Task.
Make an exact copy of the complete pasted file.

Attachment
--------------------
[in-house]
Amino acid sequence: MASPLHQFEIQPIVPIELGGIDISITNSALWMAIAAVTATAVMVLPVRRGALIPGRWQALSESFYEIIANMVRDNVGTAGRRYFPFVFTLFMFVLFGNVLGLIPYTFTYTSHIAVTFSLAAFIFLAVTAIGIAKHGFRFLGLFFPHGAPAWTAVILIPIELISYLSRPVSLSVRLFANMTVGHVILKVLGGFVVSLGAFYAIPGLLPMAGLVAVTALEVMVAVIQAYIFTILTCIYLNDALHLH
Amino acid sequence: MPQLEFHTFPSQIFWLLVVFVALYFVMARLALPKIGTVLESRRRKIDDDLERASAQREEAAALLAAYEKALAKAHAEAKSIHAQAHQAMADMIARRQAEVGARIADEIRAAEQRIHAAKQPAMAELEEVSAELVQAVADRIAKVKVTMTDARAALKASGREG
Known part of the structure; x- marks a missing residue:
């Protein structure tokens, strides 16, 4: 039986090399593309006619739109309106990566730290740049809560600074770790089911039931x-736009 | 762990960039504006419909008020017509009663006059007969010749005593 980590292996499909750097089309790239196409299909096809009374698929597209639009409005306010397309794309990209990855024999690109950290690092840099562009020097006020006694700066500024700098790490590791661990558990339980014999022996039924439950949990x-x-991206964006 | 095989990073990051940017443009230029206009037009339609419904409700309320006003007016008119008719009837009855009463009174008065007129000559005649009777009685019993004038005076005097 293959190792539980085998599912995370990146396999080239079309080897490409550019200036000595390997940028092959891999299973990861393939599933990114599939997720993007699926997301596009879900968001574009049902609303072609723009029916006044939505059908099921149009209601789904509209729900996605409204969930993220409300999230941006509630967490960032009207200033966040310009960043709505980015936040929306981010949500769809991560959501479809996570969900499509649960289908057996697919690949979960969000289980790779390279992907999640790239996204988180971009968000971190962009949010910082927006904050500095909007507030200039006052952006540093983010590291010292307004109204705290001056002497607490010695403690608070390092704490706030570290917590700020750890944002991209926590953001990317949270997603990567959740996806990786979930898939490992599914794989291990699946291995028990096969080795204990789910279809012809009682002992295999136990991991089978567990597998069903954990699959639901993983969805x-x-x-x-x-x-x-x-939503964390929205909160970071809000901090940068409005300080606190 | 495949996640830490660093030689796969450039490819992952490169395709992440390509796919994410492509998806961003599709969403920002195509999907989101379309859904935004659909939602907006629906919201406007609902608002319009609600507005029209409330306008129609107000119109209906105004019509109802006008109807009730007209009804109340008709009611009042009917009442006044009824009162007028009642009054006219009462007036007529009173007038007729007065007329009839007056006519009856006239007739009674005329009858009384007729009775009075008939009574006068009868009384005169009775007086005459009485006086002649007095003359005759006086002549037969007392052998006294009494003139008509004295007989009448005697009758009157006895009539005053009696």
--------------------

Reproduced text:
[in-house]
Amino acid sequence: MASPLHQFEIQPIVPIELGGIDISITNSALWMAIAAVTATAVMVLPVRRGALIPGRWQALSESFYEIIANMVRDNVGTAGRRYFPFVFTLFMFVLFGNVLGLIPYTFTYTSHIAVTFSLAAFIFLAVTAIGIAKHGFRFLGLFFPHGAPAWTAVILIPIELISYLSRPVSLSVRLFANMTVGHVILKVLGGFVVSLGAFYAIPGLLPMAGLVAVTALEVMVAVIQAYIFTILTCIYLNDALHLH
Amino acid sequence: MPQLEFHTFPSQIFWLLVVFVALYFVMARLALPKIGTVLESRRRKIDDDLERASAQREEAAALLAAYEKALAKAHAEAKSIHAQAHQAMADMIARRQAEVGARIADEIRAAEQRIHAAKQPAMAELEEVSAELVQAVADRIAKVKVTMTDARAALKASGREG
Known part of the structure; x- marks a missing residue:
């Protein structure tokens, strides 16, 4: 039986090399593309006619739109309106990566730290740049809560600074770790089911039931x-736009 | 762990960039504006419909008020017509009663006059007969010749005593 980590292996499909750097089309790239196409299909096809009374698929597209639009409005306010397309794309990209990855024999690109950290690092840099562009020097006020006694700066500024700098790490590791661990558990339980014999022996039924439950949990x-x-991206964006 | 095989990073990051940017443009230029206009037009339609419904409700309320006003007016008119008719009837009855009463009174008065007129000559005649009777009685019993004038005076005097 293959190792539980085998599912995370990146396999080239079309080897490409550019200036000595390997940028092959891999299973990861393939599933990114599939997720993007699926997301596009879900968001574009049902609303072609723009029916006044939505059908099921149009209601789904509209729900996605409204969930993220409300999230941006509630967490960032009207200033966040310009960043709505980015936040929306981010949500769809991560959501479809996570969900499509649960289908057996697919690949979960969000289980790779390279992907999640790239996204988180971009968000971190962009949010910082927006904050500095909007507030200039006052952006540093983010590291010292307004109204705290001056002497607490010695403690608070390092704490706030570290917590700020750890944002991209926590953001990317949270997603990567959740996806990786979930898939490992599914794989291990699946291995028990096969080795204990789910279809012809009682002992295999136990991991089978567990597998069903954990699959639901993983969805x-x-x-x-x-x-x-x-939503964390929205909160970071809000901090940068409005300080606190 | 495949996640830490660093030689796969450039490819992952490169395709992440390509796919994410492509998806961003599709969403920002195509999907989101379309859904935004659909939602907006629906919201406007609902608002319009609600507005029209409330306008129609107000119109209906105004019509109802006008109807009730007209009804109340008709009611009042009917009442006044009824009162007028009642009054006219009462007036007529009173007038007729007065007329009839007056006519009856006239007739009674005329009858009384007729009775009075008939009574006068009868009384005169009775007086005459009485006086002649007095003359005759006086002549037969007392052998006294009494003139008509004295007989009448005697009758009157006895009539005053009696």